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1814 Rizzi-Zannoni Map of Italy

Italy from the Original Map by G. A. Rizzi-Zannoni. - Main View

1814 Rizzi-Zannoni Map of Italy


One of the most beautiful maps of Italy to emerge in the 19th century.



Italy from the Original Map by G. A. Rizzi-Zannoni.
  1814 (dated)     41 x 18 in (104.14 x 45.72 cm)


One of the most attractive maps of Italy to appear in the 19th century, this is the 1814 Mawman and Smith re-engraving of G. A. Rizzi-Zannoni's magnificent 1802 Nuova Carta dell'Italia. Only slightly smaller than Rizzi-Zannoni's map in the vertical dimension, Mawman has narrowed the map in the horizontal by reformatting the whole with a northwesterly orientation in which most of Sicily and Corsica are cropped out in order to draw the focus of the map more firmly to the peninsular mainland of Italy. The result is an intensely detailed map in which Rizzi-Zannoni's fine engraving work is preserved and in some cased improved upon by Smith's own careful hand.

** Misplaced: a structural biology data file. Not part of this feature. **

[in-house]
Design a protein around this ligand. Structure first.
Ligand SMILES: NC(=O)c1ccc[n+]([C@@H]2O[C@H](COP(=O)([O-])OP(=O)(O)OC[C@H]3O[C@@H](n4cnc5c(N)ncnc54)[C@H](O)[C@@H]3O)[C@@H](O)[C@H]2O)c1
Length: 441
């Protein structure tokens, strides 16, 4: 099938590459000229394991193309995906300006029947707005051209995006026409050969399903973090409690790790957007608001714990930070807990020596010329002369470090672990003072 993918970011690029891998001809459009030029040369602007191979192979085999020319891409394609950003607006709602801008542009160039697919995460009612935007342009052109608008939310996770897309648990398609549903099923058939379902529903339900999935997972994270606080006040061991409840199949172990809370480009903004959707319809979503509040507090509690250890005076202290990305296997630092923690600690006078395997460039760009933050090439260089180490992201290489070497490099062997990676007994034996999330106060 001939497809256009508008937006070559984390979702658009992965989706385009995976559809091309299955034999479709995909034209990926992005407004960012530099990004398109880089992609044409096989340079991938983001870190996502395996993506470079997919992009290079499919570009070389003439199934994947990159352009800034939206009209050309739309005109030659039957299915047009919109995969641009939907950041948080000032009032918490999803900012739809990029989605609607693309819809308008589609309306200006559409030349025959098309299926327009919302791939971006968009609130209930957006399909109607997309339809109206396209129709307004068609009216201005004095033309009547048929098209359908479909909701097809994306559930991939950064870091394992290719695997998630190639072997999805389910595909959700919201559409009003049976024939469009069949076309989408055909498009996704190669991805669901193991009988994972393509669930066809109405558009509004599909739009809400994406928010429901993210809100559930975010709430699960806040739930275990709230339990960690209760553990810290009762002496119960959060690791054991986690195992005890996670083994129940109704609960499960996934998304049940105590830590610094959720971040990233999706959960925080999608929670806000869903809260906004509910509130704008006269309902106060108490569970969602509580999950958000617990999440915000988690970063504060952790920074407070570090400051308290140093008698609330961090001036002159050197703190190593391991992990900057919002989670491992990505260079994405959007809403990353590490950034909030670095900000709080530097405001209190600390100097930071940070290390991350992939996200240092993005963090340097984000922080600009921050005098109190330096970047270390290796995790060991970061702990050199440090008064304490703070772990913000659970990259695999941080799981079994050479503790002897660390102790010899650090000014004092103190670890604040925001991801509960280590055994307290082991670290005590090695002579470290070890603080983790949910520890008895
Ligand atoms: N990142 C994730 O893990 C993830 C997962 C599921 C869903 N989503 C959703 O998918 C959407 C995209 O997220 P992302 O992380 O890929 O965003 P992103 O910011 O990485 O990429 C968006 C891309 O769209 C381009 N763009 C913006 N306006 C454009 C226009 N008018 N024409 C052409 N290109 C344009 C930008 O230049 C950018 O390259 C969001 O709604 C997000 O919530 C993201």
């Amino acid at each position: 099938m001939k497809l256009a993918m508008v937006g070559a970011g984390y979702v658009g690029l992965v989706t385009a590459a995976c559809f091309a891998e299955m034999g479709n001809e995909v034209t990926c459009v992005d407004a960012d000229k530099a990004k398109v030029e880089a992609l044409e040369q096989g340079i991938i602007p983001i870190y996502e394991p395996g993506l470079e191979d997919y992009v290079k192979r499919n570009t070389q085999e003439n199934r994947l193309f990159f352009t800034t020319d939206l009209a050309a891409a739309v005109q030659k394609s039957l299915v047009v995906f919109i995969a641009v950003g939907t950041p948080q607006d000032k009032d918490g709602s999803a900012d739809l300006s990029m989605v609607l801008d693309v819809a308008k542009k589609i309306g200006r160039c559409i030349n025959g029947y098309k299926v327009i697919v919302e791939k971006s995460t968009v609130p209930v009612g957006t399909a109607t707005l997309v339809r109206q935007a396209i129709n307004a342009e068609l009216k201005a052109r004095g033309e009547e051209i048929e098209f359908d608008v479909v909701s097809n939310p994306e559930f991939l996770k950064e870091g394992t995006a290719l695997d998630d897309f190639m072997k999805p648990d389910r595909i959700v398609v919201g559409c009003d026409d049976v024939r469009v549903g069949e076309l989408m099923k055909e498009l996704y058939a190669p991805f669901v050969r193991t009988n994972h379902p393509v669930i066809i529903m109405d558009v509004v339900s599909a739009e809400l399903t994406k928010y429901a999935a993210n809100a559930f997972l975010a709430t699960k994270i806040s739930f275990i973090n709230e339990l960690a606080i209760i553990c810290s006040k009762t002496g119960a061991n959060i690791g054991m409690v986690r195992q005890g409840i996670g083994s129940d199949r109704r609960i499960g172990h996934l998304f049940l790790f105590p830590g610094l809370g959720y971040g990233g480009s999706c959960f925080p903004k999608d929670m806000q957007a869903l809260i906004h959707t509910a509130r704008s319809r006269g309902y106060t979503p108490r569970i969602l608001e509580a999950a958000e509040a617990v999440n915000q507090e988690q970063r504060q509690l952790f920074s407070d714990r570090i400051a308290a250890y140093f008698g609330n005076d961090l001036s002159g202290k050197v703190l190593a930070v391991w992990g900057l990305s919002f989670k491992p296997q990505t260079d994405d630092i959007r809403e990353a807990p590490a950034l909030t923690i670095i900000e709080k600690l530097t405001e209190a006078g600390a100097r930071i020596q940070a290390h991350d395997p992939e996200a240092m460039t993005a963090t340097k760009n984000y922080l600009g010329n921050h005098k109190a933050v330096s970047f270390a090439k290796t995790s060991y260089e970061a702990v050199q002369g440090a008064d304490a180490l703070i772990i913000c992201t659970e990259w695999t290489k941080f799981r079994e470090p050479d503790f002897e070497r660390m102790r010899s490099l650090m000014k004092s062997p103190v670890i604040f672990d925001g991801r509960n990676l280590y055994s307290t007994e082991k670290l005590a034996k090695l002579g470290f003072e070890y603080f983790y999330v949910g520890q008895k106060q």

At over 40 inches in height and 17 inches in width, this map is a spectacular display piece in its own right. The engraving throughout, the work of Smith, is magnificent with topography rendered in stunning profile. A red and drawn line shows the classicists' ideal tour through Italy. Entering Italy by crossing the Alps from France, the tour leads through Torino and Vercelli before heading northeast to visit Lake Como, from which the path then leads south to Milan and Genoa. Taking to ship at Genoa, our tourist skirts the coast of the Italian Riviera to land at Livorno before turning inland to Lucca and Florence (Firenze). From Florence the tour leads southward through central Italy to reach Rome and, ultimately, Naples. Returning along the same course the route once again passes through Rome but then heads eastward across the peninsula to Loretto on Italy's Adriatic coast. From Loretto the route passes northwards along an old Roman causeway to Parma, Lake Garda, and ultimately Padua and Venice. The more adventurous traveller can then continue northeast to Trento and finally eastwards into Greece.